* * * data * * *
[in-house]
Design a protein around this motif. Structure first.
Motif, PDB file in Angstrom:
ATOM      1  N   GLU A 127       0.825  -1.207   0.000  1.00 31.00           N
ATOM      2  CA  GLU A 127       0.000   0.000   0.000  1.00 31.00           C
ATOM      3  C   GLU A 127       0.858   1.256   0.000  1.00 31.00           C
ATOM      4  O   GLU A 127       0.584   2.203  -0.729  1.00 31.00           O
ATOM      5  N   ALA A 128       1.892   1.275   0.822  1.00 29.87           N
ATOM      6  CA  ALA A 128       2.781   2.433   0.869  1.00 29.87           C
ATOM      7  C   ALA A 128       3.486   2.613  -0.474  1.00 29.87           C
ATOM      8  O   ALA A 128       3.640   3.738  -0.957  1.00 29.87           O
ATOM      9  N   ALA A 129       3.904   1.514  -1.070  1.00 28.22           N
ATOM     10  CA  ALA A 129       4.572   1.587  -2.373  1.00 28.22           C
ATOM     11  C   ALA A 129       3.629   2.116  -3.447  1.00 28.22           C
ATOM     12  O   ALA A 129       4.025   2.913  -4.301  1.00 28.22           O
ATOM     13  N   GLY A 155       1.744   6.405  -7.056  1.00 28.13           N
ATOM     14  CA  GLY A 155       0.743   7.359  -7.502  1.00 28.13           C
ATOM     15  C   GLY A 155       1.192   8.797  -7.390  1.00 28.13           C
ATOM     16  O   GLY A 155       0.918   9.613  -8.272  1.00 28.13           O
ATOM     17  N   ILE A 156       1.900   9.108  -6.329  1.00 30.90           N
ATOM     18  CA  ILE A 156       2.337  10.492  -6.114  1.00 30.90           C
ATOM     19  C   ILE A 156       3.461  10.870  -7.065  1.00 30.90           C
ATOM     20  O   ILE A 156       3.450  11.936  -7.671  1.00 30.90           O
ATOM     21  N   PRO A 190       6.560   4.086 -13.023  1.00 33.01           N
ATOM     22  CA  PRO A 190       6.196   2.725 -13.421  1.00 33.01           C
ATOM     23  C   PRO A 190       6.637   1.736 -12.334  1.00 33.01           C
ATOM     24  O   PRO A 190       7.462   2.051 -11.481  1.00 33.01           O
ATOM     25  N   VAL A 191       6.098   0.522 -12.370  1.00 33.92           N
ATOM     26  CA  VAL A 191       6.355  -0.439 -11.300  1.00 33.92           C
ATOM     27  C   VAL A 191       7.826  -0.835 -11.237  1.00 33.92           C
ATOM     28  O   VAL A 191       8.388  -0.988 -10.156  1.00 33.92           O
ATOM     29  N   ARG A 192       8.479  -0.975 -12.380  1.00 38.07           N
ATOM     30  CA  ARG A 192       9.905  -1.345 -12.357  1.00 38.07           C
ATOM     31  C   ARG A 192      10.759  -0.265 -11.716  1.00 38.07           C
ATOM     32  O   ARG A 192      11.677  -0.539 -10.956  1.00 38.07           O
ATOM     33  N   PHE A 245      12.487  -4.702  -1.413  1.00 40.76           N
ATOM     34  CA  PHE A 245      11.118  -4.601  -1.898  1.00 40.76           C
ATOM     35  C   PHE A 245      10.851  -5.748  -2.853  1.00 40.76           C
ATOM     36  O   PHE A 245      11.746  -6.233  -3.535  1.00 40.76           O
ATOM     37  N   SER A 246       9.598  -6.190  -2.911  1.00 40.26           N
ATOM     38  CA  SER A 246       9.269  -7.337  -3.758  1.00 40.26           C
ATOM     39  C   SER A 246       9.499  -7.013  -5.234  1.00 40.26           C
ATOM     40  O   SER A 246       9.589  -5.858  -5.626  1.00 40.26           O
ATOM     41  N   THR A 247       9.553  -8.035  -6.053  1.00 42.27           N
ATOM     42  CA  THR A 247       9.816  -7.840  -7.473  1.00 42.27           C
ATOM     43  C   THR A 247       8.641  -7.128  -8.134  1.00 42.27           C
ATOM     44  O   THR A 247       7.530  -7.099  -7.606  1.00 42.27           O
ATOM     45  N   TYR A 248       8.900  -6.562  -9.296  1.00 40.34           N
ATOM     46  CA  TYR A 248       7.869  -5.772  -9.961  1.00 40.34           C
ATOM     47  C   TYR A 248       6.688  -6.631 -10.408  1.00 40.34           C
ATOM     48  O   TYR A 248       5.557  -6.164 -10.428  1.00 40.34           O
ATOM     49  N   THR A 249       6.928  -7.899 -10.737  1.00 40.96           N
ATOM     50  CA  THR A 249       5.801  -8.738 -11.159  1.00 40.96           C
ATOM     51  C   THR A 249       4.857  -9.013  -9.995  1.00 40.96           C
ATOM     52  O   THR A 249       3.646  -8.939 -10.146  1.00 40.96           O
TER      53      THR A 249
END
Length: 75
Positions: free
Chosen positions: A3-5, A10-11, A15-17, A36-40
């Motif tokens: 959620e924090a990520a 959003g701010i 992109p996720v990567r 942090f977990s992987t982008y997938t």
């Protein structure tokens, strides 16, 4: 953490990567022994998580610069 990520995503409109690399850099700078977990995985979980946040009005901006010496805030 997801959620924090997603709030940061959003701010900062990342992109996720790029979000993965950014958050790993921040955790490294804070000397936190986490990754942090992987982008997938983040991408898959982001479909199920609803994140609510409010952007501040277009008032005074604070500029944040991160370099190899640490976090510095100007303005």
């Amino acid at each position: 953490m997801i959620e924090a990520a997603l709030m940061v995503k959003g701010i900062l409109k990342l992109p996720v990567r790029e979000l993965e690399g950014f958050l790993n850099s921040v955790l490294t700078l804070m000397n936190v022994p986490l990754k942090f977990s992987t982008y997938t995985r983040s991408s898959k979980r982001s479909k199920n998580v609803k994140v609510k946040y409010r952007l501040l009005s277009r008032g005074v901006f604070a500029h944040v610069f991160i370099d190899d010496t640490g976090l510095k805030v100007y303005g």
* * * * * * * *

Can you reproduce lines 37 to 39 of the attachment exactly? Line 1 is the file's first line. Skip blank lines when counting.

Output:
ATOM     34  CA  PHE A 245      11.118  -4.601  -1.898  1.00 40.76           C
ATOM     35  C   PHE A 245      10.851  -5.748  -2.853  1.00 40.76           C
ATOM     36  O   PHE A 245      11.746  -6.233  -3.535  1.00 40.76           O